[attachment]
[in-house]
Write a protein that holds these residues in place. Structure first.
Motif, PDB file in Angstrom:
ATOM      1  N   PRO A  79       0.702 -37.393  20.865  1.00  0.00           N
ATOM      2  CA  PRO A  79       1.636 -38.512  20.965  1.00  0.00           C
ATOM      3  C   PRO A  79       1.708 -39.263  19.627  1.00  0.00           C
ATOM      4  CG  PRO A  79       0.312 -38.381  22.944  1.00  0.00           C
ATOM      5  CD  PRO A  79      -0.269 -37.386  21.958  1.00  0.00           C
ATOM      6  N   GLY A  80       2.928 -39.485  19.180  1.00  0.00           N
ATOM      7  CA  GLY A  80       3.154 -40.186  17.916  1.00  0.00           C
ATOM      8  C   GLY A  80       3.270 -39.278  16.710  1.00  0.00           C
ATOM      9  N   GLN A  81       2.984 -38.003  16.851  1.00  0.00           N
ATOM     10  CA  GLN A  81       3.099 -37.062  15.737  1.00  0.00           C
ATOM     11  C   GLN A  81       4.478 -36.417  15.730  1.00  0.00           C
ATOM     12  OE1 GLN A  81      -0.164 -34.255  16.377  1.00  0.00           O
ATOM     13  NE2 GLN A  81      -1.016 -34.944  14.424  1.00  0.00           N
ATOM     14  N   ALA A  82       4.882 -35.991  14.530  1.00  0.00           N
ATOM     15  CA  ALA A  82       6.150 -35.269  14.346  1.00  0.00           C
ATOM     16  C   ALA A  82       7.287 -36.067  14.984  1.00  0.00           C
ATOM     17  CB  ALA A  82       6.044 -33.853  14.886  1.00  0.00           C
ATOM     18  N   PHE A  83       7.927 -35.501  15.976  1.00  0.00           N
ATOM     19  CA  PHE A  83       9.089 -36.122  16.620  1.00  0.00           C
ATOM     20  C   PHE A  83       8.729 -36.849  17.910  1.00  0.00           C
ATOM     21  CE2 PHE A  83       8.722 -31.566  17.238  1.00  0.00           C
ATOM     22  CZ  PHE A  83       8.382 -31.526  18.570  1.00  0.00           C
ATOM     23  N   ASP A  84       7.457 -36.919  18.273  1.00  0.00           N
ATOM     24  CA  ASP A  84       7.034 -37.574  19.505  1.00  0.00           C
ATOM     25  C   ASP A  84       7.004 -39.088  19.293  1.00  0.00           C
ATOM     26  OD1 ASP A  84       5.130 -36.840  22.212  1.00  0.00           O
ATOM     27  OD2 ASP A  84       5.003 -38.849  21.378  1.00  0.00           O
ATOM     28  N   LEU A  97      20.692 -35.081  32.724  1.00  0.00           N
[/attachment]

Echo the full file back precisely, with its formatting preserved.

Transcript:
[in-house]
Write a protein that holds these residues in place. Structure first.
Motif, PDB file in Angstrom:
ATOM      1  N   PRO A  79       0.702 -37.393  20.865  1.00  0.00           N
ATOM      2  CA  PRO A  79       1.636 -38.512  20.965  1.00  0.00           C
ATOM      3  C   PRO A  79       1.708 -39.263  19.627  1.00  0.00           C
ATOM      4  CG  PRO A  79       0.312 -38.381  22.944  1.00  0.00           C
ATOM      5  CD  PRO A  79      -0.269 -37.386  21.958  1.00  0.00           C
ATOM      6  N   GLY A  80       2.928 -39.485  19.180  1.00  0.00           N
ATOM      7  CA  GLY A  80       3.154 -40.186  17.916  1.00  0.00           C
ATOM      8  C   GLY A  80       3.270 -39.278  16.710  1.00  0.00           C
ATOM      9  N   GLN A  81       2.984 -38.003  16.851  1.00  0.00           N
ATOM     10  CA  GLN A  81       3.099 -37.062  15.737  1.00  0.00           C
ATOM     11  C   GLN A  81       4.478 -36.417  15.730  1.00  0.00           C
ATOM     12  OE1 GLN A  81      -0.164 -34.255  16.377  1.00  0.00           O
ATOM     13  NE2 GLN A  81      -1.016 -34.944  14.424  1.00  0.00           N
ATOM     14  N   ALA A  82       4.882 -35.991  14.530  1.00  0.00           N
ATOM     15  CA  ALA A  82       6.150 -35.269  14.346  1.00  0.00           C
ATOM     16  C   ALA A  82       7.287 -36.067  14.984  1.00  0.00           C
ATOM     17  CB  ALA A  82       6.044 -33.853  14.886  1.00  0.00           C
ATOM     18  N   PHE A  83       7.927 -35.501  15.976  1.00  0.00           N
ATOM     19  CA  PHE A  83       9.089 -36.122  16.620  1.00  0.00           C
ATOM     20  C   PHE A  83       8.729 -36.849  17.910  1.00  0.00           C
ATOM     21  CE2 PHE A  83       8.722 -31.566  17.238  1.00  0.00           C
ATOM     22  CZ  PHE A  83       8.382 -31.526  18.570  1.00  0.00           C
ATOM     23  N   ASP A  84       7.457 -36.919  18.273  1.00  0.00           N
ATOM     24  CA  ASP A  84       7.034 -37.574  19.505  1.00  0.00           C
ATOM     25  C   ASP A  84       7.004 -39.088  19.293  1.00  0.00           C
ATOM     26  OD1 ASP A  84       5.130 -36.840  22.212  1.00  0.00           O
ATOM     27  OD2 ASP A  84       5.003 -38.849  21.378  1.00  0.00           O
ATOM     28  N   LEU A  97      20.692 -35.081  32.724  1.00  0.00           N